But other than those names, few of the people behind the proposal are known, fueling suspicions. Unlike the Republican National Committee, which had control over its voter file when it created its streamlined data operation, the DNC needs buy-in from state parties in order to create such a structure.

“We are always the last group of folks consulted even though we are the ones who are [building] the voter file,” said Tina Podlodowski, chairwoman of the Washington Democratic Party and a former executive at Microsoft. She said the situation is a classic example of leadership failing to consult adequately with lower-level employees. “What everyone is struggling with is … who is in the room and who is making the decisions. We didn’t hire Precision Strategies and Jen O’Malley Dillon to go out and do this.”

Ray Buckley, who as chairman of the New Hampshire Democratic Party and the former head of the ASDC is one of the most prominent state party leaders, said he hadn’t formed an opinion on the proposal. But “I don’t think we’re anywhere near any sort of decision,” he added.

Several state party officials said they were aggravated that they could not get definitive answers about who stands to benefit financially from the project. Asked whether some of the people pushing for the new database already or might eventually have a monetary stake in its success, the DNC acknowledged that was possible.

A DNC official said several Silicon Valley figures are interested in investing in the proposed overhaul. That could yield a potentially large infusion of cash and speed the project along, its proponents said. O’Malley Dillon has had conversations with people associated with LinkedIn co-founder Reid Hoffman, who has poured millions of dollars into progressive causes since the 2016 election, according to a person familiar with their talks. The collaboration could allow the plan to proceed without the complications of complying with campaign finance restrictions.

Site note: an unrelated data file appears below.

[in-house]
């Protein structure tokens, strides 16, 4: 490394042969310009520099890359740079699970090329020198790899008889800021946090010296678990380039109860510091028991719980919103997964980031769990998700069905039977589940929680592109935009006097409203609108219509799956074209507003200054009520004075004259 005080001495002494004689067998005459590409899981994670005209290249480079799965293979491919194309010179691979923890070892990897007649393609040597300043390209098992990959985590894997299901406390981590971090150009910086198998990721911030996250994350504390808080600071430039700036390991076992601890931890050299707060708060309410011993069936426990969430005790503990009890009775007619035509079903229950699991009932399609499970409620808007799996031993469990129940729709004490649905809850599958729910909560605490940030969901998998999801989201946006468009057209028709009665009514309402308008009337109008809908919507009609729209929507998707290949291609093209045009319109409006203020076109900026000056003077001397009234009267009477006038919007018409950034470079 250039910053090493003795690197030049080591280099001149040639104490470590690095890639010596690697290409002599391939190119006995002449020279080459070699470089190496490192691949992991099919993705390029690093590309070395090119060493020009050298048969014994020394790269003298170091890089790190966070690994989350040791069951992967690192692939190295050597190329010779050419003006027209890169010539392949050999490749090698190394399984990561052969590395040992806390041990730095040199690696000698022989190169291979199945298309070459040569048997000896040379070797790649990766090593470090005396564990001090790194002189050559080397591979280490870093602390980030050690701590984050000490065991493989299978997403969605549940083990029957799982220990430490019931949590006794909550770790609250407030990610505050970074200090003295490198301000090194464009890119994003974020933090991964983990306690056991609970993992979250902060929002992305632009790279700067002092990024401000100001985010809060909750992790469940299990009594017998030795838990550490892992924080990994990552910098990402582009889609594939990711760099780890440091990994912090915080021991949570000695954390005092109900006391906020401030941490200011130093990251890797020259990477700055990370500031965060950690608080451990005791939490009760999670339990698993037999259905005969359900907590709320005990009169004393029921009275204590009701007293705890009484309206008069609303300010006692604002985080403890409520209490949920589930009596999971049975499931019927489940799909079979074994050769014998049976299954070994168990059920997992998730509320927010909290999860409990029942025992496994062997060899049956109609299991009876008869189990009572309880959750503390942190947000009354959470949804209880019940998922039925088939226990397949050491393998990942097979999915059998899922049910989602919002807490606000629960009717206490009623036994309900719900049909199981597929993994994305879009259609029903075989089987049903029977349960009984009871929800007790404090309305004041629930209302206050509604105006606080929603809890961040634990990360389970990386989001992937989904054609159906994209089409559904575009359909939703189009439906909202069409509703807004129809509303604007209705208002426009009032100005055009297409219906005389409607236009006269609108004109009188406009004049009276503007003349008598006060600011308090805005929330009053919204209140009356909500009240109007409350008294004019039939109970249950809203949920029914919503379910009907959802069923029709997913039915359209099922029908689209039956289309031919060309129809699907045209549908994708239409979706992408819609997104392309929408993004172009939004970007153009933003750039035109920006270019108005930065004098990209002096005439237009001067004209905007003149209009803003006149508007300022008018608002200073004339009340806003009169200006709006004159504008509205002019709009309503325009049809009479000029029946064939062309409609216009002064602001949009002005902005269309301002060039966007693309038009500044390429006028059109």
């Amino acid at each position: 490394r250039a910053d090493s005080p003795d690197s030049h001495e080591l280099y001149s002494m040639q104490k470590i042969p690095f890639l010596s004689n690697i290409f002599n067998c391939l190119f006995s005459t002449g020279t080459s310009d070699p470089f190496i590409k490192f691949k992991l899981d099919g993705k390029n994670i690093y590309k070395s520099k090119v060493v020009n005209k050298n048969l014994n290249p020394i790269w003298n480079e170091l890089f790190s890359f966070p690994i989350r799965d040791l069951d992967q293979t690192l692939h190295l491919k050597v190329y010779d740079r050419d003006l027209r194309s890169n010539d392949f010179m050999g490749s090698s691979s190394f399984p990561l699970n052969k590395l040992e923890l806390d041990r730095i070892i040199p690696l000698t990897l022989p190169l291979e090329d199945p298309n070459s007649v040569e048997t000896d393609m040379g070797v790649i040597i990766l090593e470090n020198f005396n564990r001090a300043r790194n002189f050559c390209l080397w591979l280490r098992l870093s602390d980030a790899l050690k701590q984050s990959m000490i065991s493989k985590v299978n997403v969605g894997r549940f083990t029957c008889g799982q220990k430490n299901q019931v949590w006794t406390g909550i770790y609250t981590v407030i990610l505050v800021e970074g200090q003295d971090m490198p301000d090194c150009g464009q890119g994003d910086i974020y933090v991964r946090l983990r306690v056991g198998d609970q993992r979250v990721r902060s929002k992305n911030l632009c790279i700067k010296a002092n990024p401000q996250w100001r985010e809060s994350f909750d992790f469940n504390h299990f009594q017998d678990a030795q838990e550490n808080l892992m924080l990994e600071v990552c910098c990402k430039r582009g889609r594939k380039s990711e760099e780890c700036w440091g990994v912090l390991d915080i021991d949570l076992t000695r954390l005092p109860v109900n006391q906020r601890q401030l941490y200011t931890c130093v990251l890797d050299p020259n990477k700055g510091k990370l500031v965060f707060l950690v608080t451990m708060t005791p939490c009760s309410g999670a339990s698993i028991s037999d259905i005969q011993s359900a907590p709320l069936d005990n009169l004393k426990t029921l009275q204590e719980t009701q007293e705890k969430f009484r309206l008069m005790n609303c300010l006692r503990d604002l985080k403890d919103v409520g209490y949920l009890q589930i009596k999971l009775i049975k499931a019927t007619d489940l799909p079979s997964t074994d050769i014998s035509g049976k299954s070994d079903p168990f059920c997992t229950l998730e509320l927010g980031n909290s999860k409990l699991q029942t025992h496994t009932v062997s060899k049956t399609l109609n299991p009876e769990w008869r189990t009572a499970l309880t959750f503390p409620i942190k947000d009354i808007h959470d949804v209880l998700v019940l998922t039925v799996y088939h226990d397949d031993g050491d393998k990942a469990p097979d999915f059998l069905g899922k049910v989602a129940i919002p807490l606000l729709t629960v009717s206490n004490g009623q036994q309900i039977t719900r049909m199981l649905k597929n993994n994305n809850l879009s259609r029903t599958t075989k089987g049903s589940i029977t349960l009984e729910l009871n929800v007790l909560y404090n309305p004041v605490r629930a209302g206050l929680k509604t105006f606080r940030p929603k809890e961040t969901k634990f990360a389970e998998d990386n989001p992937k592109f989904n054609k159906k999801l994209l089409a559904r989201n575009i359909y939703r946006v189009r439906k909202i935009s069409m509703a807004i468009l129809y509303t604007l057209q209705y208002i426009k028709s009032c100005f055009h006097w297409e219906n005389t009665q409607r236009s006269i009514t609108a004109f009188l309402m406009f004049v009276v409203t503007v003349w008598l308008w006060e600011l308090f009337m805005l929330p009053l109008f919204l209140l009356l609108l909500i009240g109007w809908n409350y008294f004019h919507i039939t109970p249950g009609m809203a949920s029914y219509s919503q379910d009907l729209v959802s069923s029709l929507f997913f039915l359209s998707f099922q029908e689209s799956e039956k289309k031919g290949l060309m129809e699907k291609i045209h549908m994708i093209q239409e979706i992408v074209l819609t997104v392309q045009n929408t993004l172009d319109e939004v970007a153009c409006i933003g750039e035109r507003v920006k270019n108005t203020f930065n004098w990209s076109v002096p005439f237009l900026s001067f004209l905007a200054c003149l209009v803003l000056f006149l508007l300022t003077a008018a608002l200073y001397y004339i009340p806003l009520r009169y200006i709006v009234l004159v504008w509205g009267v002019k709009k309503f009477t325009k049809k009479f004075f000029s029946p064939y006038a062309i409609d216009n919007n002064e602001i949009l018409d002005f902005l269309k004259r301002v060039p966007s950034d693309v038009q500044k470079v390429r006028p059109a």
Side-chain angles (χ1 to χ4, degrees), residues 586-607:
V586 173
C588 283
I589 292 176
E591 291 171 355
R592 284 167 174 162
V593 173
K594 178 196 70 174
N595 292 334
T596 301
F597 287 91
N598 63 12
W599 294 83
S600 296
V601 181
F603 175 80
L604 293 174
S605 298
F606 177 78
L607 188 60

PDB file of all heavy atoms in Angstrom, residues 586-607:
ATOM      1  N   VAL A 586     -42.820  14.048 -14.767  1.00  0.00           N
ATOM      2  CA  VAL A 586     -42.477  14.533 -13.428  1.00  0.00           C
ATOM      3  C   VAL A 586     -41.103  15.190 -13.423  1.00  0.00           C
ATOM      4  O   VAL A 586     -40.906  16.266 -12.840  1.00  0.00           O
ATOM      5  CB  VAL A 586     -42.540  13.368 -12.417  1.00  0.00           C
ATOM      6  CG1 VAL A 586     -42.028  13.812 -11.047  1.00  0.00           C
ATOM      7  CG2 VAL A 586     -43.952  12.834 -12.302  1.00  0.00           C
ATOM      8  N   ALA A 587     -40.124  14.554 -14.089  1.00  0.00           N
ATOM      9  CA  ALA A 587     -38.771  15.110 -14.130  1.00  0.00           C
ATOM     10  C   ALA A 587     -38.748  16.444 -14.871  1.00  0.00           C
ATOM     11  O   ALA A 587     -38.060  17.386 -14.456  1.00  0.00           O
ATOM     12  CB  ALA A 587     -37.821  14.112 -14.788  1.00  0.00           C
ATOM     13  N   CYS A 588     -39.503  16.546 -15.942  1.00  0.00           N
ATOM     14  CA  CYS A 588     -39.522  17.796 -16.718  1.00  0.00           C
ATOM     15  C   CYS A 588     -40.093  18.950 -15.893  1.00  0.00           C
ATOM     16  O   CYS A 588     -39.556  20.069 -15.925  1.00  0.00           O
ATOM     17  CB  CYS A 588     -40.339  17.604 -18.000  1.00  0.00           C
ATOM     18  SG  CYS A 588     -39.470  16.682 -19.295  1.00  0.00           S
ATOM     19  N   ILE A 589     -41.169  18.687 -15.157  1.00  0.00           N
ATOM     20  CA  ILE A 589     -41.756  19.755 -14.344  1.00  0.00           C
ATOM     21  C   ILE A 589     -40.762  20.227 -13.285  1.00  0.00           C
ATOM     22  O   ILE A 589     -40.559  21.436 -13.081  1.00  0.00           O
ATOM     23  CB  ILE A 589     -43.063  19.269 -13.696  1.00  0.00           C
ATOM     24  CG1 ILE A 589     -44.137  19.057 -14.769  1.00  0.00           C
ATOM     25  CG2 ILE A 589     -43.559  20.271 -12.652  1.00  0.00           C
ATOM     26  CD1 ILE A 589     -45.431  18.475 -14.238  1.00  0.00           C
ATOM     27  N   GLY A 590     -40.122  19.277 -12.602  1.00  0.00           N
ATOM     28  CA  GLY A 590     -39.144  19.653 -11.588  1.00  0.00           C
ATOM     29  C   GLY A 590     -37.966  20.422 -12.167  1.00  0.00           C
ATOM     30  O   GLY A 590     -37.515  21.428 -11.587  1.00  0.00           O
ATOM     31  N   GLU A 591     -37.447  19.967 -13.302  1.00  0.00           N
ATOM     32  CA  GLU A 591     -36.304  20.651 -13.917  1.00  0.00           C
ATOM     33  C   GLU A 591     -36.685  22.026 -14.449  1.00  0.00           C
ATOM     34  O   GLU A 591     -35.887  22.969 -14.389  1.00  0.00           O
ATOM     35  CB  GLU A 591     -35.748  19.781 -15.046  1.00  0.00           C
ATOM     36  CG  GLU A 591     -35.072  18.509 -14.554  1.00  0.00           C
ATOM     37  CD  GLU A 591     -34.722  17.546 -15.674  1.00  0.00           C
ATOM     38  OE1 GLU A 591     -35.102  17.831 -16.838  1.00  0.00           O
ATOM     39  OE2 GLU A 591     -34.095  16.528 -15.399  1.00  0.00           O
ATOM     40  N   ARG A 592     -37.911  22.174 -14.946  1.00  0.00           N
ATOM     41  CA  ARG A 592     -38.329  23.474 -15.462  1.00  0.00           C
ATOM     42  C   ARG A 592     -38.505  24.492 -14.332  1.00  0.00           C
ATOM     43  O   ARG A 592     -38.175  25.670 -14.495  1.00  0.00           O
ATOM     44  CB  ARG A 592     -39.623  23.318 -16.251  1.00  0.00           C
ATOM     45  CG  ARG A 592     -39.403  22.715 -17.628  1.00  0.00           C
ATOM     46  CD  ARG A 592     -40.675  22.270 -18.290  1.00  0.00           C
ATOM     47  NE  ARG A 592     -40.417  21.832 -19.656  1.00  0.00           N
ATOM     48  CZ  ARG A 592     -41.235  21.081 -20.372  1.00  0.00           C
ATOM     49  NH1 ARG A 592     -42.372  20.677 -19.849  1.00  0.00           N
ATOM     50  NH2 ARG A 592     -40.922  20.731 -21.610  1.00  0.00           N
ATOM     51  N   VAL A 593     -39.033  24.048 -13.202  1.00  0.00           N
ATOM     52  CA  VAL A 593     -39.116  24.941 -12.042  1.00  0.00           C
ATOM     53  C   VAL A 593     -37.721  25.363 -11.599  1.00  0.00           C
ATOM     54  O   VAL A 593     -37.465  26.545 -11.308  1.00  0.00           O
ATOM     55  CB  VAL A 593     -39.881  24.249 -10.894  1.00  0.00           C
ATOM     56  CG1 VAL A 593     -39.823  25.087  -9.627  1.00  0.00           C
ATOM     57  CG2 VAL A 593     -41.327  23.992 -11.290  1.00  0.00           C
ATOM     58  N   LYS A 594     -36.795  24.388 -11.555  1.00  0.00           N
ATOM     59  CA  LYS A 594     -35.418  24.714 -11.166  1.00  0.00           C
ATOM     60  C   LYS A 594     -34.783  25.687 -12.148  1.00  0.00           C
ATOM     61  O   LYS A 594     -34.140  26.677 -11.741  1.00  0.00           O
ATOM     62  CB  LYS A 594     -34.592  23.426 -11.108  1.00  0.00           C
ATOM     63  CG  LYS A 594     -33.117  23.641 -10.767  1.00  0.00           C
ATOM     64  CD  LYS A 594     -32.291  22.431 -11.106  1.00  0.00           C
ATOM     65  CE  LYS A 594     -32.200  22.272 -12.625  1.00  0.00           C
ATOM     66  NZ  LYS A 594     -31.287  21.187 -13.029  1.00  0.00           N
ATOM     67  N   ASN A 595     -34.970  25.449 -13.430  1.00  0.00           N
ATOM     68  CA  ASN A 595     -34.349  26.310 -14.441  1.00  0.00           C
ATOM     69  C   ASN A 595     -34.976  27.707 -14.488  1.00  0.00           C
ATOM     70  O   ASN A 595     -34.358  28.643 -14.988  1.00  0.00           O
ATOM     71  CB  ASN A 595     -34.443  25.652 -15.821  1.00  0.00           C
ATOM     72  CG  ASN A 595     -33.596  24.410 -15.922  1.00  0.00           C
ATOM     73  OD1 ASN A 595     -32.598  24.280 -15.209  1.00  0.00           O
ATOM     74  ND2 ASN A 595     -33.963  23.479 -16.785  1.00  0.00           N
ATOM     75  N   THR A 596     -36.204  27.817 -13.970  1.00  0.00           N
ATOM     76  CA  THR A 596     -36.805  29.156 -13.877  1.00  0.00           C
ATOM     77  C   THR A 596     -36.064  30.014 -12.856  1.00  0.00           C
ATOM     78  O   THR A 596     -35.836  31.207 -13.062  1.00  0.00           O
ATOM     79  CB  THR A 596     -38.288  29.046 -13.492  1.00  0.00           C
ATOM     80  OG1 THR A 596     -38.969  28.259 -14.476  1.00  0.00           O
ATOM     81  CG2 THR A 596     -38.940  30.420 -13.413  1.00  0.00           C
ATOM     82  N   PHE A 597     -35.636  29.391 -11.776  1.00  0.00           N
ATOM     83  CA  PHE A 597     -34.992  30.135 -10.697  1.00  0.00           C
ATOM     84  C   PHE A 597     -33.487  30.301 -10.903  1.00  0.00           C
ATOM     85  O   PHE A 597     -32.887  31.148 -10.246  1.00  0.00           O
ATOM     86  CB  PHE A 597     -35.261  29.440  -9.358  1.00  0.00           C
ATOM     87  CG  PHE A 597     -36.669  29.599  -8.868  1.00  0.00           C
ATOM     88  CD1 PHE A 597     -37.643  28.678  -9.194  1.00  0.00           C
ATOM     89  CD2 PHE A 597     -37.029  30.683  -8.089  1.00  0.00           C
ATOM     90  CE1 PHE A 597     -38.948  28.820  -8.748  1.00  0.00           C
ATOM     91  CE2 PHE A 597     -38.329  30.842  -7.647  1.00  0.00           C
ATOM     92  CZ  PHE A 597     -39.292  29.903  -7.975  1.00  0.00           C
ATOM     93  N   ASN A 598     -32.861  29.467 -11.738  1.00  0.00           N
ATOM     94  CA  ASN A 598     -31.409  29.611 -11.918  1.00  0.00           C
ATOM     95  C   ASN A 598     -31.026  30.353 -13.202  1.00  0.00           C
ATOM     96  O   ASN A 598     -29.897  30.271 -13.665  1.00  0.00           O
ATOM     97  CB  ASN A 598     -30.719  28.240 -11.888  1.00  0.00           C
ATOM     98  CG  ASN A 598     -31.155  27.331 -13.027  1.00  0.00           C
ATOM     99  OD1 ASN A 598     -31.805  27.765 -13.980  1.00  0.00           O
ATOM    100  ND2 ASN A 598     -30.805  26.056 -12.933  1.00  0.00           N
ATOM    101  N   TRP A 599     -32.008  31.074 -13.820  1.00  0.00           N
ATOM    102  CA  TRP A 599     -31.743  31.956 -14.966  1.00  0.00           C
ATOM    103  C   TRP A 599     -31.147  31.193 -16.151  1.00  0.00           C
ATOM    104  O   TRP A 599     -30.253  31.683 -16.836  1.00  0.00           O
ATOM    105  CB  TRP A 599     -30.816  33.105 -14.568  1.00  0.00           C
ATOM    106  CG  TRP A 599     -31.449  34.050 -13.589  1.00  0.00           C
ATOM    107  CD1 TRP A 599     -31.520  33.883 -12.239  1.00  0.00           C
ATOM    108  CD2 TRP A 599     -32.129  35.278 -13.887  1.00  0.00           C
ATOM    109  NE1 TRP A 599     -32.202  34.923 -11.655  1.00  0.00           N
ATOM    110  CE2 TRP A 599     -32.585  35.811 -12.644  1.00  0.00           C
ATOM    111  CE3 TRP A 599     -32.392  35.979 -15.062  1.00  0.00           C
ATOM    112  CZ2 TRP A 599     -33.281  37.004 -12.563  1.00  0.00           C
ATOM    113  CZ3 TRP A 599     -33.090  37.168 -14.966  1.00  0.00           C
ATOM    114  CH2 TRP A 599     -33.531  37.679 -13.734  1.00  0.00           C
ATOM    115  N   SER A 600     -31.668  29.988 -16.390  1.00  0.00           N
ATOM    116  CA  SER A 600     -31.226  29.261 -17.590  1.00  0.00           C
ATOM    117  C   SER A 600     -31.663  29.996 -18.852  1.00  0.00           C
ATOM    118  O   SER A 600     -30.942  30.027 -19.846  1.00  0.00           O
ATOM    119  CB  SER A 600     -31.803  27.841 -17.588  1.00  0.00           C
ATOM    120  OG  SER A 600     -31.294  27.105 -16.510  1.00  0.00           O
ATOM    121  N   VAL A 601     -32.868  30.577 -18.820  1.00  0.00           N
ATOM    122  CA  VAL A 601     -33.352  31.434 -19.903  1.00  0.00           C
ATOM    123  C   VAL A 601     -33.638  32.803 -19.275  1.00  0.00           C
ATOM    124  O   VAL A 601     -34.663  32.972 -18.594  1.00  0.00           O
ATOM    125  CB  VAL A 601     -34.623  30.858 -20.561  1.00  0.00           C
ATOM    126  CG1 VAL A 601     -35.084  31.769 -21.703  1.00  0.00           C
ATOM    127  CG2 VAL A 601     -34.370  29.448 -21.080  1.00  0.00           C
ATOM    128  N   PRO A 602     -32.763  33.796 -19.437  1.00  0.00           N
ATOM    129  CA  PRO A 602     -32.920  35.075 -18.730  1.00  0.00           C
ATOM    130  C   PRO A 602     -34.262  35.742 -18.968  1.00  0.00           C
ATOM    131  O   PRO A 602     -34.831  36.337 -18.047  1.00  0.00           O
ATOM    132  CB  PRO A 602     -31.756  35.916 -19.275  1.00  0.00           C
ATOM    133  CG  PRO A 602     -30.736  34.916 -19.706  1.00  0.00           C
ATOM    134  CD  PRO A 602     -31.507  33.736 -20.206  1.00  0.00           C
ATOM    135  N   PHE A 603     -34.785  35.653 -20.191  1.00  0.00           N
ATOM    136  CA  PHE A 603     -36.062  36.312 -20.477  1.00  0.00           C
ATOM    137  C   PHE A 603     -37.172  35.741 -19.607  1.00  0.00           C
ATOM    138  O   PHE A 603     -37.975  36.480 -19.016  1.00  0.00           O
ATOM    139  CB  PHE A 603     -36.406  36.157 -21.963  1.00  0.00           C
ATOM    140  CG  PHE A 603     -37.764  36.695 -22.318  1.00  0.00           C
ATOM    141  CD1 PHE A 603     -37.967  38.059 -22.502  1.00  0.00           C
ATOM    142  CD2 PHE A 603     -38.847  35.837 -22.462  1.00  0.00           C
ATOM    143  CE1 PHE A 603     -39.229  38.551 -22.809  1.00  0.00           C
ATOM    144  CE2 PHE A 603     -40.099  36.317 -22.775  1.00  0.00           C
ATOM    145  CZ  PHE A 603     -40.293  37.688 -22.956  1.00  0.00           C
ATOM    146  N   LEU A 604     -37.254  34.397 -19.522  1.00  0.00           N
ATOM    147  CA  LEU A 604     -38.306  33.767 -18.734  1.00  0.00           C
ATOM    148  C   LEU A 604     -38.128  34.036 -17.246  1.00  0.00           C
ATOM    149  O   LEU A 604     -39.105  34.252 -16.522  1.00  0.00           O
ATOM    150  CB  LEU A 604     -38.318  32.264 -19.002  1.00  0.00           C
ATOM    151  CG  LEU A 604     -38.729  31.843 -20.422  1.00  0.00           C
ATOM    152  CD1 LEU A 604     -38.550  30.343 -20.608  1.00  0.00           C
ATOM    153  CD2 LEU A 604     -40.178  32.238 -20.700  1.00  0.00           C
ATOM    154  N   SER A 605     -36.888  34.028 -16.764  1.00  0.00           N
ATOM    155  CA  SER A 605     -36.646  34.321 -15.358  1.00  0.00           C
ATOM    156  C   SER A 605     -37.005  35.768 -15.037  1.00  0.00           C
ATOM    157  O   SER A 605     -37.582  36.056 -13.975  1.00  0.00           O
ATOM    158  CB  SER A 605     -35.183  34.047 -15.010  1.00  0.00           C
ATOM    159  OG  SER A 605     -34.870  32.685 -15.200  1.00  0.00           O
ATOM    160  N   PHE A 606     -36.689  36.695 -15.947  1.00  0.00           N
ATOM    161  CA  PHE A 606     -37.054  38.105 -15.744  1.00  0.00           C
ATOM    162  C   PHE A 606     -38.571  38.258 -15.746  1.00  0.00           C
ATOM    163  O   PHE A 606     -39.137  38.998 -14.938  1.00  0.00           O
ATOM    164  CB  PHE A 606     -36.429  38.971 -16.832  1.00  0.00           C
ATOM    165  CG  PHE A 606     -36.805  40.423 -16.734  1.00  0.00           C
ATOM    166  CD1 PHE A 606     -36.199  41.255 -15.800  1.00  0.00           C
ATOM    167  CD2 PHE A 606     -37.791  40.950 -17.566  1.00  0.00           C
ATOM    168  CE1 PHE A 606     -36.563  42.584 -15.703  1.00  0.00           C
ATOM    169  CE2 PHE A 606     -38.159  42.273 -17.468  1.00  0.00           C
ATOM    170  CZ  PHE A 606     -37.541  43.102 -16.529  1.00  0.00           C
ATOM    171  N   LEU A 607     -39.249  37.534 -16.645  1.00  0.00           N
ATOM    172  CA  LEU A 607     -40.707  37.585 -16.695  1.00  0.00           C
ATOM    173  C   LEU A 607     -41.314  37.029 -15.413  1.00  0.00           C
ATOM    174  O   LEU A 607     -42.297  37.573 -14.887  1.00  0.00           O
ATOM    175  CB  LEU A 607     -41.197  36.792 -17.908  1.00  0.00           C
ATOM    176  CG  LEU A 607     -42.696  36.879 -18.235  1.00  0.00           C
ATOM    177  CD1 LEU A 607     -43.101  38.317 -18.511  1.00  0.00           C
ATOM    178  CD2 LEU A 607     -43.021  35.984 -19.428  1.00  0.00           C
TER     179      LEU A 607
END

Democrats “exceeded expectations with victories up and down the ballot in 2018, but if we’re going to do it again in 2020, we’ve got to embrace the next generation of cutting-edge technology and innovation,” Perez said in a statement. “That’s what the data trust is all about: connecting everyone in the Democratic ecosystem and giving our candidates the data advantage they need to succeed.”

But state parties expressed bewilderment that the national party is expecting them to cede some control of one of their key assets — for what they consider to be nothing in return. National Democratic officials, in turn, said the state parties were being selfish and not thinking about the broader cause.

“There’s definitely, ‘what’s in it for us?’ questions still there,” said Valdez Bravo, a vice chairman of the Oregon Democratic Party.

Other Democrats were exasperated by the impasse itself — and the collateral damage it could do heading into the 2020 campaign — as opposed to the details of the plan.

“The logjam has to be broken on this because we need this in order to win,” said Jim Roosevelt, co-chair of the DNC’s rules and bylaws committee and a longtime party official, who declined to take sides.

The DNC expressed confidence that many states would embrace their proposal early next year.

But several state party chairs whom the DNC referred Politico to as supportive of its plan were noncommittal in interviews.

“I think there are some concerns that are still out there and those concerns have to be addressed or those who are skeptical have to come up with an alternative,” said Brandon Dillon, chairman of the Michigan Democratic Party. Inaction, he added, is not an option.

“We’re pleased with the progress so far,” said Martin, the leader of the state Democratic chairs group. “There are still a lot of questions that need to be answered, of course, but the negotiations are going well.”

Several state party officials said they’re working on a counterproposal to present in early 2019. They said it would still allow data swapping among the party and outside groups while keeping the voter file under their control.

The gridlock reminds veterans of Mitt Romney’s presidential campaign of their experience in 2012, when the RNC was preparing to take on an incumbent president, Barack Obama.

“Unfortunately, when a party does not have the presidency, decisions fall to individuals who are more concerned about their fiefdoms than the collective good,” said Zac Moffat, Romney’s digital director. “Little will be done until a winner emerges and enforces discipline.”

After the 2012 Republican primary, Romney tried to ramp up quickly with a disorganized RNC. But it was soon bombarded by $100 million in attack ads from Obama’s campaign painting Romney as a callous corporate raider.

The Democratic nominee could face a similar broadside in 2020 from the Trump campaign.

“The question will then be, in the compressed timeline, can they make all the correct decisions to try to get to parity?” said Moffat. “History shows us that is almost impossible.”